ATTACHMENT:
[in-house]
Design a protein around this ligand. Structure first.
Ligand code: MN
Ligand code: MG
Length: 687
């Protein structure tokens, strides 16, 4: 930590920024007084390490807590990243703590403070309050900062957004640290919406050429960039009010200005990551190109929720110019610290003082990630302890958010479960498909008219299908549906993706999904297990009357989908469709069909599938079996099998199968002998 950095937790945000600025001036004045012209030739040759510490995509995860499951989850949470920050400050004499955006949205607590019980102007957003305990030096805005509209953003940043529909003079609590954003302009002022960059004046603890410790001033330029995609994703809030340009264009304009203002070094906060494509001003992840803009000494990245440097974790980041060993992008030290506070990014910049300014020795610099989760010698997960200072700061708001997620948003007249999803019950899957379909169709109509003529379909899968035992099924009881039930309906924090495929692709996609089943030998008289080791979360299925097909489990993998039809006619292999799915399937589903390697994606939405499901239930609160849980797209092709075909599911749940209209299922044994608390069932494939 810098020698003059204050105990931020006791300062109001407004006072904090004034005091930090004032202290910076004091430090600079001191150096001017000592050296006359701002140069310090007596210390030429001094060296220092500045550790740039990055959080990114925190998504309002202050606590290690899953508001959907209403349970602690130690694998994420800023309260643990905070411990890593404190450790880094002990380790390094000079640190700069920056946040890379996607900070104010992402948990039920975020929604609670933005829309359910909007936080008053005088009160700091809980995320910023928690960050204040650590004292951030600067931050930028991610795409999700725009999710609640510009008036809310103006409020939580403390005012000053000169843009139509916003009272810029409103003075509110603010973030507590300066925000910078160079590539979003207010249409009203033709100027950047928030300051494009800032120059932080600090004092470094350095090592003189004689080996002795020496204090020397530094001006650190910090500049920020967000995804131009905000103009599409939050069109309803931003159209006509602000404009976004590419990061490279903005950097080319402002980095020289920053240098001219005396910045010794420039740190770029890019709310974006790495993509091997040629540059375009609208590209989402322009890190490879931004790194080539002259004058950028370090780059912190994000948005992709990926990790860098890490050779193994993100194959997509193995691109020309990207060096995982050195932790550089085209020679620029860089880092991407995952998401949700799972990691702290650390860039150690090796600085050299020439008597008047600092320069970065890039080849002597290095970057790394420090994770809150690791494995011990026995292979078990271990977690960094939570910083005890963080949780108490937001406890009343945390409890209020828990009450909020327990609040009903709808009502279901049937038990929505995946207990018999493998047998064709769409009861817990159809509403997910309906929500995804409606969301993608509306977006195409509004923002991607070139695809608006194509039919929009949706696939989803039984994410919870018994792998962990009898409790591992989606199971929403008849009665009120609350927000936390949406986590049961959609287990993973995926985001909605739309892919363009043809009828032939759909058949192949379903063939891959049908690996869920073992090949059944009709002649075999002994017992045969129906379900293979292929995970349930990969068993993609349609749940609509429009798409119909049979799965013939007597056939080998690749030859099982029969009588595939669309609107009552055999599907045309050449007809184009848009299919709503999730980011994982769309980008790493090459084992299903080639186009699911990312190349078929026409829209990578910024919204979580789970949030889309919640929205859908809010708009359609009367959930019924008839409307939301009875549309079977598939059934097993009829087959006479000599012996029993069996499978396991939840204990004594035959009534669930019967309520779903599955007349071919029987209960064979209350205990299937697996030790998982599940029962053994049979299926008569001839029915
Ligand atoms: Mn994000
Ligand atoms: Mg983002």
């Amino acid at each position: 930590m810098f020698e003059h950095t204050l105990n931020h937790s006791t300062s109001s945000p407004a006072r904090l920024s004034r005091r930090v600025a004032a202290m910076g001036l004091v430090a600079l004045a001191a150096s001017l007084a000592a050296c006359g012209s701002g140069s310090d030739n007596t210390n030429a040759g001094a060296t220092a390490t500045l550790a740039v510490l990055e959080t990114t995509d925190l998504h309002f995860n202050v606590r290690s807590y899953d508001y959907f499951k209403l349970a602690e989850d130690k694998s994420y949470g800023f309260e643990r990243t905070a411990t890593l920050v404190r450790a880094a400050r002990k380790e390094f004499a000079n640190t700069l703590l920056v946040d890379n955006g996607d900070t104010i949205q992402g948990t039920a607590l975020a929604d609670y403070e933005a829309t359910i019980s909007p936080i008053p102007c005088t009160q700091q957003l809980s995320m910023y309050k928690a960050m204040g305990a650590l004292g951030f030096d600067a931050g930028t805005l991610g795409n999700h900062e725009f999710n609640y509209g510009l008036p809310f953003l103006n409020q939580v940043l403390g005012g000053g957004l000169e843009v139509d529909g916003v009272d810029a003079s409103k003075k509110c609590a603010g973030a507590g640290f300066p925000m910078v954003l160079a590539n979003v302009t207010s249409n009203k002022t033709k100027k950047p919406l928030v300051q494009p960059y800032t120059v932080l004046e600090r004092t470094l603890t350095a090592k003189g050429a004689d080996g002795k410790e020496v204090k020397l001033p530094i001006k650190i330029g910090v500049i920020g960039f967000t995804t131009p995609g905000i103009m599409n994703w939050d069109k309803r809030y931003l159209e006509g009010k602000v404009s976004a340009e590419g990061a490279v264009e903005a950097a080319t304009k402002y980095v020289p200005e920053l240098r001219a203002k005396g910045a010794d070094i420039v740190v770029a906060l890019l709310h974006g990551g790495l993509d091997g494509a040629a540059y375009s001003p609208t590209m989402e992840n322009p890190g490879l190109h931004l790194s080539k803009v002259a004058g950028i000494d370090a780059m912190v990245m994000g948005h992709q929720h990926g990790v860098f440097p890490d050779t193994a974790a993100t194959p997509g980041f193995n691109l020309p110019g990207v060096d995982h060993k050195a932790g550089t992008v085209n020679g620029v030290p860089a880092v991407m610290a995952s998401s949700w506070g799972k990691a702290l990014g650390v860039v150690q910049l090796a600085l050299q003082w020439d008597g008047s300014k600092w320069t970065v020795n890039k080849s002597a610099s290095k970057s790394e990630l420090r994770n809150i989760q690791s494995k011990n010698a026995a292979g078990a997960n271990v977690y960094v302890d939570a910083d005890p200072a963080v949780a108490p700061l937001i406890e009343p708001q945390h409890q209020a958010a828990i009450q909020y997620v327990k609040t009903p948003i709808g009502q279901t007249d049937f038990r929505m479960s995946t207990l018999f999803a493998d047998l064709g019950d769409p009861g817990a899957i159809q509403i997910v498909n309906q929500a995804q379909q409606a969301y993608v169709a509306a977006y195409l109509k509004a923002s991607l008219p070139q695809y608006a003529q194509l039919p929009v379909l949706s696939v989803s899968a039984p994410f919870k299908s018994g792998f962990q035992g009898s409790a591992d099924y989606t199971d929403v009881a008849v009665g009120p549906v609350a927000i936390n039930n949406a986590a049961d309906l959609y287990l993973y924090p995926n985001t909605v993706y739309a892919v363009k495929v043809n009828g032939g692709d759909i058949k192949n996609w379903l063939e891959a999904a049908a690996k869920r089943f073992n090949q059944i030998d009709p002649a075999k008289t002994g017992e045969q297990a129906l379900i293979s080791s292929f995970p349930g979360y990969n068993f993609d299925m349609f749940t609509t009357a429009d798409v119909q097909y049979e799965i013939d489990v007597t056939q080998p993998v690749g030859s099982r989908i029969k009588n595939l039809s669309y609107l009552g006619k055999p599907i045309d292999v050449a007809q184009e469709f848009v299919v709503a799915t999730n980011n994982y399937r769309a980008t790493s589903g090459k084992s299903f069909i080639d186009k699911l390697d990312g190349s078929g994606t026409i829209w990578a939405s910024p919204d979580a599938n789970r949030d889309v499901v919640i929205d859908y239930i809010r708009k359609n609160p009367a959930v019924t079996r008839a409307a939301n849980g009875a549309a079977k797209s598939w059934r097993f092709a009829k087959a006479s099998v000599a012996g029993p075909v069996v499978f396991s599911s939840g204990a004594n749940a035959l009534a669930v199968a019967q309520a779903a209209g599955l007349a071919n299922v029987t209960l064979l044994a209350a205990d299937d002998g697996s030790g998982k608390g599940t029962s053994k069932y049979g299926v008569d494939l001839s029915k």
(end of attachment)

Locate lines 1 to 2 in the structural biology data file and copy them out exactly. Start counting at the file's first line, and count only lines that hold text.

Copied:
[in-house]
Design a protein around this ligand. Structure first.